Moss v. Hutchinson27 is a case involving a plaintiff who, after suffering injury in a car accident and subsequently being forced to abandoned his employment due to the injuries arising therefrom, commenced a claim for loss of income, amongst other damages. The plaintiff, who had been receiving monthly benefits under the ODSP, had agreed, in writing, to reimburse the Ministry of Community and Social Services (which administered the ODSP benefits) for any amount of ODSP benefits he received as a result of his tort action. The defendants argued that, pursuant to s. 267.8 of the Insurance Act, any ODSP benefits received by the plaintiff should be deducted from any amount he obtained under the heads of damage for loss of income and/or loss of competitive advantage. The court dismissed the defendants’ motion on the basis that the ODSP Act created an exception to s. 267.8 of the Insurance Act and that recovery of the benefit payments was achieved by the plaintiff’s voluntary assignment to the Ministry. Thus, where ODSP benefits are subject to repayment, they are distinguishable from other social assistance benefits and are thus not deductible. Howden J was satisfied that this interpretation satisfied the dominant purpose of s. 267.8 and stated that, “[t]o do otherwise is to allow the defendants a windfall”.
Income Replacement Benefits (IRB) and Caregiver Benefits (CGB)
The 2011 decision of the Court of Appeal in Sutherland v. Singh28 addressed whether income replacement benefits (IRBs) could be deducted from a tort award when the plaintiff had never received such benefits. When faced with a choice, the plaintiff had elected to receive caregiver benefits instead of IRBs, which should have answered the question, but the defendant creatively argued that the value of both IRBs and CGBs should properly be deducted from any tort award for damages addressing income, since the plaintiff could have chosen IRBs, thus making such payments “available” to him within the meaning of section 267.8(1). The Court of Appeal found, without hesitation, that to allow such a deduction would effectively permit the defendant benefit of double recovery (the CGBs, which the plaintiff had received, and the IRBs, which the plaintiff had never received), resulting in an impermissible windfall.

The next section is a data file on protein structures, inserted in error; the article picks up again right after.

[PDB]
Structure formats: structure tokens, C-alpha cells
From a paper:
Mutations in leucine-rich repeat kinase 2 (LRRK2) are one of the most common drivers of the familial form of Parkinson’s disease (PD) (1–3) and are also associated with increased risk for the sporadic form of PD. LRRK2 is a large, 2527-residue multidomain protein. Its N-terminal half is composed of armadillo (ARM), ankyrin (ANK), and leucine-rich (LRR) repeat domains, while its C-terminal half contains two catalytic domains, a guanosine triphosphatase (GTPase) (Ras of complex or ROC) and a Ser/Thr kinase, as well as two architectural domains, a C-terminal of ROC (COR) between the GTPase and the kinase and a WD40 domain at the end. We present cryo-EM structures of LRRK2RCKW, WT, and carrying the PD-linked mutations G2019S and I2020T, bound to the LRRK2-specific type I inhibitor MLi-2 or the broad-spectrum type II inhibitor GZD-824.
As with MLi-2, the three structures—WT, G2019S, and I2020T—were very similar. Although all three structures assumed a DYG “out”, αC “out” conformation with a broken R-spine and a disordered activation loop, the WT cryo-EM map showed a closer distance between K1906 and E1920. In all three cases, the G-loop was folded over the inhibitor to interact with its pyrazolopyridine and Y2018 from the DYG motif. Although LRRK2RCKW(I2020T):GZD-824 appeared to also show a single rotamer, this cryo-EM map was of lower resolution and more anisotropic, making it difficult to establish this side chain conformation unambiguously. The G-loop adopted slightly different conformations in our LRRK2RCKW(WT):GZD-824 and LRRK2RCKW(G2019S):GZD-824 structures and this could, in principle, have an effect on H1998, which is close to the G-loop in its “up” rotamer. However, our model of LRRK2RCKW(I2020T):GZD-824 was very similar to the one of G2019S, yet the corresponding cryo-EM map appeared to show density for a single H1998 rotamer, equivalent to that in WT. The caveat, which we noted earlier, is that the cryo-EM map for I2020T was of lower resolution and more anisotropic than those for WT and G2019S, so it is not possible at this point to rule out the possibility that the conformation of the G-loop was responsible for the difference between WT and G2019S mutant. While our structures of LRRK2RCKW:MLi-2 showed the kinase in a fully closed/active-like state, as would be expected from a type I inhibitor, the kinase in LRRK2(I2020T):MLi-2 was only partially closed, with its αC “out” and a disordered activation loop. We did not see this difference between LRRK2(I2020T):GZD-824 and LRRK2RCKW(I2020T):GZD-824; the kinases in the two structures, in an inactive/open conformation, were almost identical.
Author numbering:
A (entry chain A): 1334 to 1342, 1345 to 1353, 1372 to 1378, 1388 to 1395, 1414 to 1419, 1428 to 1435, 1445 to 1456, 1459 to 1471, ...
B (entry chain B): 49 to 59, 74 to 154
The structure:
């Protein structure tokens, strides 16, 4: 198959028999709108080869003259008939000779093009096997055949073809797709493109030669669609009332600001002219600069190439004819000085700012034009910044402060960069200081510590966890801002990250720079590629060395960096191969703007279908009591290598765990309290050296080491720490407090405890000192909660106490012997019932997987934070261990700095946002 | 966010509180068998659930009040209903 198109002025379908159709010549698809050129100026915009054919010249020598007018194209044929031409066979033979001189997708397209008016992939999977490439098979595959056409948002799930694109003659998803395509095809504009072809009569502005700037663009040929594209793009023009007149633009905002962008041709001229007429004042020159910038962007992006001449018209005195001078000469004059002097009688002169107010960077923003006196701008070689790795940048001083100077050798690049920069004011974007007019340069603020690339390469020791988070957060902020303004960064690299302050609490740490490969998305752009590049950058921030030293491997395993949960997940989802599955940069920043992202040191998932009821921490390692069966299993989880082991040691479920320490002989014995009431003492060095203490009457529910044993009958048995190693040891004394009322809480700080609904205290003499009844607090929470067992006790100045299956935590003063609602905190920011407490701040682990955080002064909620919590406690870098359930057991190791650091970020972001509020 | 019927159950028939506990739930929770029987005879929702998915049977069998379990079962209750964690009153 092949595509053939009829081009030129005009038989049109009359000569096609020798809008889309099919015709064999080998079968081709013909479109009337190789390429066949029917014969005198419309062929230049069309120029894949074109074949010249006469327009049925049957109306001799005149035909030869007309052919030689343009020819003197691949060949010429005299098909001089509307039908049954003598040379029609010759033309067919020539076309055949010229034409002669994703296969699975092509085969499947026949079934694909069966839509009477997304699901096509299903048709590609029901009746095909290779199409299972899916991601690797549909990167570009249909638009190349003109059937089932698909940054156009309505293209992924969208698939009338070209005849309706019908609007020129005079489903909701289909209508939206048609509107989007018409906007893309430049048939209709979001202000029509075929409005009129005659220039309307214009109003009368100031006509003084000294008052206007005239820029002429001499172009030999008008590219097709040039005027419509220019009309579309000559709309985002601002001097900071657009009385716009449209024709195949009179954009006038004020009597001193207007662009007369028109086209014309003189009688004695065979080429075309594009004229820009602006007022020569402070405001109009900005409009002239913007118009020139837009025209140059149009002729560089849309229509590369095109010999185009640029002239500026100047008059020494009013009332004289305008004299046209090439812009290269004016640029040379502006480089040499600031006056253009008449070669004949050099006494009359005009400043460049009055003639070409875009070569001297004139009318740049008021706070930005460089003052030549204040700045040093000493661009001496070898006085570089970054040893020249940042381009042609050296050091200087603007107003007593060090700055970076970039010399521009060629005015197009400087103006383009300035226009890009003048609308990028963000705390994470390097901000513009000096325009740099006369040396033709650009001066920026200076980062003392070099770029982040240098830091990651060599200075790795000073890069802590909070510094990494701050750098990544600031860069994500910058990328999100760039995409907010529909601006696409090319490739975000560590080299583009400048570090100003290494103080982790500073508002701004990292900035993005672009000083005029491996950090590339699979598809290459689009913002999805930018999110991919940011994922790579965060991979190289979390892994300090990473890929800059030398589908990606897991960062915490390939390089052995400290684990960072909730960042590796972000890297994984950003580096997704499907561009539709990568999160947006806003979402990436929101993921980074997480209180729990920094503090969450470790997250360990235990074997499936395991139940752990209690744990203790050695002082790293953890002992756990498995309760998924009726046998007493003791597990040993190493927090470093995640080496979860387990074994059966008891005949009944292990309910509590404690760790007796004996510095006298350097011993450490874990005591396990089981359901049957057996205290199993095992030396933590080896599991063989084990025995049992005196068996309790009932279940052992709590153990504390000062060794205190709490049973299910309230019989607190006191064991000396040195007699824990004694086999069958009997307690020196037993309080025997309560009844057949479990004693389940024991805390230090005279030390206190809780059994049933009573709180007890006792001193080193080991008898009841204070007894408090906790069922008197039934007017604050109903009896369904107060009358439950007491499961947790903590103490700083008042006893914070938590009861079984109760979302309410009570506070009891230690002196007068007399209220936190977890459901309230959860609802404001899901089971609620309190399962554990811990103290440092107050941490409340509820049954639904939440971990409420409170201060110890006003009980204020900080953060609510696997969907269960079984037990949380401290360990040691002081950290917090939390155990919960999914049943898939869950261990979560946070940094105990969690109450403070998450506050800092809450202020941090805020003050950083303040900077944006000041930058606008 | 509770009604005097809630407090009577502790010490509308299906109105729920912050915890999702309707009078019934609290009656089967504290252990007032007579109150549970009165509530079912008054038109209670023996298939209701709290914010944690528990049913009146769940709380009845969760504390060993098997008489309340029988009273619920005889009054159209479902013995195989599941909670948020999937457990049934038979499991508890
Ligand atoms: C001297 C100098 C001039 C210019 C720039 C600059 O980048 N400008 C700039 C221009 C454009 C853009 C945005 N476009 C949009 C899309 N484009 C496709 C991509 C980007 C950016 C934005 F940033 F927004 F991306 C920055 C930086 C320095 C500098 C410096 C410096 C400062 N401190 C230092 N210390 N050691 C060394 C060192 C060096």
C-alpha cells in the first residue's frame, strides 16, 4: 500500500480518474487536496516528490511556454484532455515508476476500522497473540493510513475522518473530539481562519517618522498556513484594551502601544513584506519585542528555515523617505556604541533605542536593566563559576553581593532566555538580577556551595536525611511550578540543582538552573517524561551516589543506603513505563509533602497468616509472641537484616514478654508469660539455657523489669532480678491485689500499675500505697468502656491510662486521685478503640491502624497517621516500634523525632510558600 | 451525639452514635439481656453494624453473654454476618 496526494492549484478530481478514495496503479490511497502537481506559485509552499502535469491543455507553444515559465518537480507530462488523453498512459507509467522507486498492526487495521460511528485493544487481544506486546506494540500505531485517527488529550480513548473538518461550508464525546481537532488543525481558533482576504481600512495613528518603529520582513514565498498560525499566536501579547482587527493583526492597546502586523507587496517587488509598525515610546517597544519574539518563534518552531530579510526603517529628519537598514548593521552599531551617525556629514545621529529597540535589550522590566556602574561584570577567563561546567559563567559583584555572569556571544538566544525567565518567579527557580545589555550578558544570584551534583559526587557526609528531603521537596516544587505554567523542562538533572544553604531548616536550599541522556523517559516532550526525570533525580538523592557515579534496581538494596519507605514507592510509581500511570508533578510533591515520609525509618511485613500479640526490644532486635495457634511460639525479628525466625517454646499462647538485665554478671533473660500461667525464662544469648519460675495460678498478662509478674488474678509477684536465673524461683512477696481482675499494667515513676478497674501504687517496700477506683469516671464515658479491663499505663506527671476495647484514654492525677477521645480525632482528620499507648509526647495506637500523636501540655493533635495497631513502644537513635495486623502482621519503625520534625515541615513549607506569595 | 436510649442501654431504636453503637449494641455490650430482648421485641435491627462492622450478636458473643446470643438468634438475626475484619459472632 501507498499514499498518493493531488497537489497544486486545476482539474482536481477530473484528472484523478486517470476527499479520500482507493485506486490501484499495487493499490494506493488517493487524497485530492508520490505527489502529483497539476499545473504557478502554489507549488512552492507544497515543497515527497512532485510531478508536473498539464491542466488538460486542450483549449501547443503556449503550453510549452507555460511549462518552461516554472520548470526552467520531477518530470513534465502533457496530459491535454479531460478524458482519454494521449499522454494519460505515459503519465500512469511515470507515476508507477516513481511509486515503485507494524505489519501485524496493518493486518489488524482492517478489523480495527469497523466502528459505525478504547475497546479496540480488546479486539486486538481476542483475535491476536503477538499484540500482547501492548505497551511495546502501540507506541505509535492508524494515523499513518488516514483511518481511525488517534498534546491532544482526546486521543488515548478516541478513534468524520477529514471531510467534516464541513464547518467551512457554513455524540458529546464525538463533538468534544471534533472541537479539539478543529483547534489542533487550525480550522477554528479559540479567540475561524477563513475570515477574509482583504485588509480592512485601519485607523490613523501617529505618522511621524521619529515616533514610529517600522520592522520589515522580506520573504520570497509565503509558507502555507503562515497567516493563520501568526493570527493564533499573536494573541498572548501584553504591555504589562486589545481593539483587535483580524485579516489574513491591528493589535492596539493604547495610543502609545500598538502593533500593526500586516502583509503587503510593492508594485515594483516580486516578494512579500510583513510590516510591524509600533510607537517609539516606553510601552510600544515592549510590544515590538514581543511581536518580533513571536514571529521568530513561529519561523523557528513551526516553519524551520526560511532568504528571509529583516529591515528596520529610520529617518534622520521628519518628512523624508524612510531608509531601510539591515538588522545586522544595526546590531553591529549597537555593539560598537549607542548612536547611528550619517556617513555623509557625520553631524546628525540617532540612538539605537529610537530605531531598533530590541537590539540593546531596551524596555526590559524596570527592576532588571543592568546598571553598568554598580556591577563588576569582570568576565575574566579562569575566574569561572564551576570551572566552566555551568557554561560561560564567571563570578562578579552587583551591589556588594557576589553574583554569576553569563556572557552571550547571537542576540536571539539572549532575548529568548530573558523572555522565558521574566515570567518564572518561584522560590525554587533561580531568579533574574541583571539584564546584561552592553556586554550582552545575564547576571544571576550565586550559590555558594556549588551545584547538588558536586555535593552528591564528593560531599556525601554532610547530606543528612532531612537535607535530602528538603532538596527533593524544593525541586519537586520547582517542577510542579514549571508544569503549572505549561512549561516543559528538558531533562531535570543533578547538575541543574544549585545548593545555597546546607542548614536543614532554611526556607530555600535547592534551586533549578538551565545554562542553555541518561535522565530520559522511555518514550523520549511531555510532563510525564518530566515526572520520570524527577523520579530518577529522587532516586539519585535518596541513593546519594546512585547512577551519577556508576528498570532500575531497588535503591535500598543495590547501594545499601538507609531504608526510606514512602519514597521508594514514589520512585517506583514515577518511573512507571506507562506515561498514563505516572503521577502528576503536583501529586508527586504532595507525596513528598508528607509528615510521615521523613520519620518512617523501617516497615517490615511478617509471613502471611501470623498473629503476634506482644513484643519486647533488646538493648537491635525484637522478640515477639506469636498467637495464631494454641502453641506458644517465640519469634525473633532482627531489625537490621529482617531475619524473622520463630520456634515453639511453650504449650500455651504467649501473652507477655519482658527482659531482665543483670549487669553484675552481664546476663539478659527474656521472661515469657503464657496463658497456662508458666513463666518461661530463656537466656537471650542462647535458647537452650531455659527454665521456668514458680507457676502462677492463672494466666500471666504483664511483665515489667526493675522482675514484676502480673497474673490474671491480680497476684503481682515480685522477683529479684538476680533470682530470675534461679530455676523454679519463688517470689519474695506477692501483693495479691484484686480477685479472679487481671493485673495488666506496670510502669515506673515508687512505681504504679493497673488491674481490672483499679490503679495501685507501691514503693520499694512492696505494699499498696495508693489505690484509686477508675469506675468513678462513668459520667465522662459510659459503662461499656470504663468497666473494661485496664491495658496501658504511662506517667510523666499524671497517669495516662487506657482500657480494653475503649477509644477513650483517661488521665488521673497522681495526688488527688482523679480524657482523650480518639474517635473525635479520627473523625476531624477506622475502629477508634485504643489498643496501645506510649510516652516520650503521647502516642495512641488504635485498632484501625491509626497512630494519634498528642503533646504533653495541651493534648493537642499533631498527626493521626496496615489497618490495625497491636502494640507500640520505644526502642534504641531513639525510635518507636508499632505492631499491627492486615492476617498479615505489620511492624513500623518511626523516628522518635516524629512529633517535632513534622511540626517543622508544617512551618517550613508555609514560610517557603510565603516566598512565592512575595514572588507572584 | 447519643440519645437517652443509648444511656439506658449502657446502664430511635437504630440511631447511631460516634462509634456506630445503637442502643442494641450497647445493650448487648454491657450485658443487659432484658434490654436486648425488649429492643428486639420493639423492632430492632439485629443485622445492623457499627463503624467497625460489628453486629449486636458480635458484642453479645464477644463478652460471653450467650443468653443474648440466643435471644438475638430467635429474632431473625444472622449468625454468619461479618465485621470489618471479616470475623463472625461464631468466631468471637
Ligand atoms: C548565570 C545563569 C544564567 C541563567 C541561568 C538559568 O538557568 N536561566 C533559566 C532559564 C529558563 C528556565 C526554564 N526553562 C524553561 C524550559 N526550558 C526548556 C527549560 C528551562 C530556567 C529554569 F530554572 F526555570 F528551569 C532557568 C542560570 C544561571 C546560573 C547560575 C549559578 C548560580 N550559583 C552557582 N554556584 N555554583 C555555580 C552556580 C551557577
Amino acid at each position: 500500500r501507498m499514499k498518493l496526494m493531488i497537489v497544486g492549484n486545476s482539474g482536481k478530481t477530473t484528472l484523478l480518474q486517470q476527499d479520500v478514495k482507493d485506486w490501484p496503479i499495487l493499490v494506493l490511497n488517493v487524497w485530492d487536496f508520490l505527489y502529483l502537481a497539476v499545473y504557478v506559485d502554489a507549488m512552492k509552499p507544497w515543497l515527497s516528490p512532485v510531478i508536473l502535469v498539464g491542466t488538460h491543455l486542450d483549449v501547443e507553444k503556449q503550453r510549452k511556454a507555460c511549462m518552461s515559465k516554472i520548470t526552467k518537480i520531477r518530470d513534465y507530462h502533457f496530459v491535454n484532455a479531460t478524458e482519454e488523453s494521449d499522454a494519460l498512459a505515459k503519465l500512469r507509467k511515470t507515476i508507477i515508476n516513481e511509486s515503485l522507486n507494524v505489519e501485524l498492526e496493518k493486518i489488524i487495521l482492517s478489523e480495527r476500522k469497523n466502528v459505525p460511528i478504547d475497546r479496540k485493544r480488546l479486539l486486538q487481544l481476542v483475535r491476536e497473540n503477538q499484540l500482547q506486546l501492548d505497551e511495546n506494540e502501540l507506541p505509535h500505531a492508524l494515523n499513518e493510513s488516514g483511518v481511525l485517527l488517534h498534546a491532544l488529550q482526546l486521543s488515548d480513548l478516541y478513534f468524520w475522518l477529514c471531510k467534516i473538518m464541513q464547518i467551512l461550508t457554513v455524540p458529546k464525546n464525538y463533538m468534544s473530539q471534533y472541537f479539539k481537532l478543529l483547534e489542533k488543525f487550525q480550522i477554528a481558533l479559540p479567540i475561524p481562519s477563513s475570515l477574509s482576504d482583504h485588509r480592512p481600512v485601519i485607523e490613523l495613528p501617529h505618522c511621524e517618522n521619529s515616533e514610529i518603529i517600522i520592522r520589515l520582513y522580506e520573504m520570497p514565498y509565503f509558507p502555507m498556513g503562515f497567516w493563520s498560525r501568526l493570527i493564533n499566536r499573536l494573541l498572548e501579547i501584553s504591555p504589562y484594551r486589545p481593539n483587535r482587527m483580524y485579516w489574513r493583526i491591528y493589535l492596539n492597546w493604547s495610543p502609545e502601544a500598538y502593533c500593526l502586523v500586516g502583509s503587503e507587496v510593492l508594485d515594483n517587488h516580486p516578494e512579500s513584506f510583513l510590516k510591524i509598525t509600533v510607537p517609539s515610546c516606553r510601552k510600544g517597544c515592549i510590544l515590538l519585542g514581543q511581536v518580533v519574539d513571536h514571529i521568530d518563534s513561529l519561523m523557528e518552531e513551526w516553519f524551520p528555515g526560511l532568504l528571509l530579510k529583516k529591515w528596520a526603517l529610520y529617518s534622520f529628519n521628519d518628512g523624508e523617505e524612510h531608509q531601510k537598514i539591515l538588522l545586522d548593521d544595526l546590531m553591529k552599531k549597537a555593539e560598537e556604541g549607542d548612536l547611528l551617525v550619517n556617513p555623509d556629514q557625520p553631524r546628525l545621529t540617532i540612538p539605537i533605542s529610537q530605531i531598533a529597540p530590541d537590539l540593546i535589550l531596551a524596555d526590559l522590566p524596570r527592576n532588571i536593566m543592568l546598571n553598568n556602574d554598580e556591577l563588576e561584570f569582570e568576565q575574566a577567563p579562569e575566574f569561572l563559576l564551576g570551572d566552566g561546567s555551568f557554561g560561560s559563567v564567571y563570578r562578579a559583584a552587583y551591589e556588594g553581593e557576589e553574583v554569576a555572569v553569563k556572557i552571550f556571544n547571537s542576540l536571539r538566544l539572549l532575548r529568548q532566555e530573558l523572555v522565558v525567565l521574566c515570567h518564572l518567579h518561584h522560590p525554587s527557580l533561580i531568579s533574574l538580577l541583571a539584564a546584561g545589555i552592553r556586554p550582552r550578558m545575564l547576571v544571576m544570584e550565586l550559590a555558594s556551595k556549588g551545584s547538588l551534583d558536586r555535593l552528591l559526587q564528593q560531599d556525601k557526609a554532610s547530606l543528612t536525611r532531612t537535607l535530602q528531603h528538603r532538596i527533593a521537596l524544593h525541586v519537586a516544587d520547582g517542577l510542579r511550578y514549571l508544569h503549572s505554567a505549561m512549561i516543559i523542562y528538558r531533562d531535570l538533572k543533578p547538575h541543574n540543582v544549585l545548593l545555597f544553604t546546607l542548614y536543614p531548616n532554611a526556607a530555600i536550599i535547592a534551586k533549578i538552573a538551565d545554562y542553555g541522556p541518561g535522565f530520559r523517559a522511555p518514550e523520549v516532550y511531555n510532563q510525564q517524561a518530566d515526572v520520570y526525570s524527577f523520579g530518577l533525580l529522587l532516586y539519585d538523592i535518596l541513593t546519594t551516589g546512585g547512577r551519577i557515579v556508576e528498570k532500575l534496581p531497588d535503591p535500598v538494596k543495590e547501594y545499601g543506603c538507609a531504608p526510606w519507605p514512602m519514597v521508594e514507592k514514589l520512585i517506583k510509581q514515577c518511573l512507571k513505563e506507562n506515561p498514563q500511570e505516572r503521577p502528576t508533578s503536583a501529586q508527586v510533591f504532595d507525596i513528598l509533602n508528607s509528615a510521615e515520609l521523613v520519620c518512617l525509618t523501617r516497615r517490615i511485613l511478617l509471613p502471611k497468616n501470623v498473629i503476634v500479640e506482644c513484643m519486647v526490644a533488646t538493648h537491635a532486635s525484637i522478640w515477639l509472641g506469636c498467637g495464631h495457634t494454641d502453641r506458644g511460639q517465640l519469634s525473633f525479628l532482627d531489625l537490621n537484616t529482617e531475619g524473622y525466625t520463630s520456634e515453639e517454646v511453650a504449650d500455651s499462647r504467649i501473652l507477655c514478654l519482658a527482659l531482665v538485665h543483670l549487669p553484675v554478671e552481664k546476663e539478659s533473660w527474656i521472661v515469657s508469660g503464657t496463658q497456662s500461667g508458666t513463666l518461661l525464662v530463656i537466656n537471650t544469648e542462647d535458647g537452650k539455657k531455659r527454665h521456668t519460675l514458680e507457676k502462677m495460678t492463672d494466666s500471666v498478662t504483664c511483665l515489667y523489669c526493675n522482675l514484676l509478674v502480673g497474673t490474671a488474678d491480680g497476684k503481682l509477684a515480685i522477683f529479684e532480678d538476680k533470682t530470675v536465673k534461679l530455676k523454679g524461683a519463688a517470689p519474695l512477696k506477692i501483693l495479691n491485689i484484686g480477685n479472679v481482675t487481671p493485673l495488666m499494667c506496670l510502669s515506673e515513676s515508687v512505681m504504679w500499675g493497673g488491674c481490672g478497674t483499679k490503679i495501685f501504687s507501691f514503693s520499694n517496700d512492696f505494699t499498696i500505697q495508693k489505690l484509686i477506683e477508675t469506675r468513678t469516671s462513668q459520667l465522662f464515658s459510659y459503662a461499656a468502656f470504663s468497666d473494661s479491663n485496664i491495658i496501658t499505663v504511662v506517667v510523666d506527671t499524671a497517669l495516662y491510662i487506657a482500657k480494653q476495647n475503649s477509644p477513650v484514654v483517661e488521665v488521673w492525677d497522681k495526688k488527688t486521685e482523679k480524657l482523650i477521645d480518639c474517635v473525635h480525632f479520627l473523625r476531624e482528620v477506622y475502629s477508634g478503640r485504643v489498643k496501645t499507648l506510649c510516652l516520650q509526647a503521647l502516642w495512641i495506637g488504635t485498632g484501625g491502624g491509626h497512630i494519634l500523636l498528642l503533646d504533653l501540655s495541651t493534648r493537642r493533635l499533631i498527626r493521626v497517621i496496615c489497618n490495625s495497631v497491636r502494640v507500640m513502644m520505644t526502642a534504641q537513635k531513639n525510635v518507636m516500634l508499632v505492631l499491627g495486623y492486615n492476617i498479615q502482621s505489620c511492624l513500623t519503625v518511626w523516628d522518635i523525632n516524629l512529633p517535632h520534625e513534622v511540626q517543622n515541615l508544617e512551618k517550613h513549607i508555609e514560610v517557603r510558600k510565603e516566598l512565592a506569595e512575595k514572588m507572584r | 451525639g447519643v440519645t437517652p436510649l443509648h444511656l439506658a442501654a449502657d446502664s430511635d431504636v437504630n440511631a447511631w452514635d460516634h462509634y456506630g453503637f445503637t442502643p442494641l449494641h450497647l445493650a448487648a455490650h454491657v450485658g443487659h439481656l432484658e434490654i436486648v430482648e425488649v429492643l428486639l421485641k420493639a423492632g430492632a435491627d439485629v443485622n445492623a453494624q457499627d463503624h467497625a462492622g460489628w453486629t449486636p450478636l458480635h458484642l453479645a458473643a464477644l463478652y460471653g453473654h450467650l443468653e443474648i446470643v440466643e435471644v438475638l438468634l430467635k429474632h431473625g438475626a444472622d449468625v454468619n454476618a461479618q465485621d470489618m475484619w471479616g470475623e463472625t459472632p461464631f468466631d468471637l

15 Lump sum awards to settle law suits regarding future I.R.B.'s or other wage continuation plans have been held not to be deductible because such payments are a compromise made to settle a legal obligation one party sought to enforce by litigation against another and therefore fall outside the scope of s. 267.8(1)2. They cannot be considered weekly payments for loss of income in the future but rather a lump sum negotiated as a compromise to resolve the risks to both parties of the law suit. (Tsiaprailis v. R.,  1 S.C.R. 113 (S.C.C.); Cromwell v. Liberty Mutual Insurance Co. (2008), 89 O.R. (3d) 352 (Ont. S.C.J.); Vanderkop v. Personal Insurance Co. of Canada,  O.J. No. 1937 (Ont. S.C.J.))
Thus, lump sum payments made to settle lawsuits regarding future income continuation plans are not deductible from tort damage awards because they fall outside the scope of s. 267.8(1)2.
In discerning whether severance payments will be deductible from LTD benefits, the wording of the policy will be paramount. Generally speaking, most LTD contracts stipulate that they are entitled to deduct money paid by the employer to the employee by way of severance. Employers, on the other hand, have tried to claim a set off for LTD payments when paying out severance packages. It is very common for employers to terminate workers that have been off for an extended period of time, with or without a severance. Plaintiffs’ lawyers running LTD actions will almost certainly be asked to provide advice on the interaction between LTD payments and severance packages.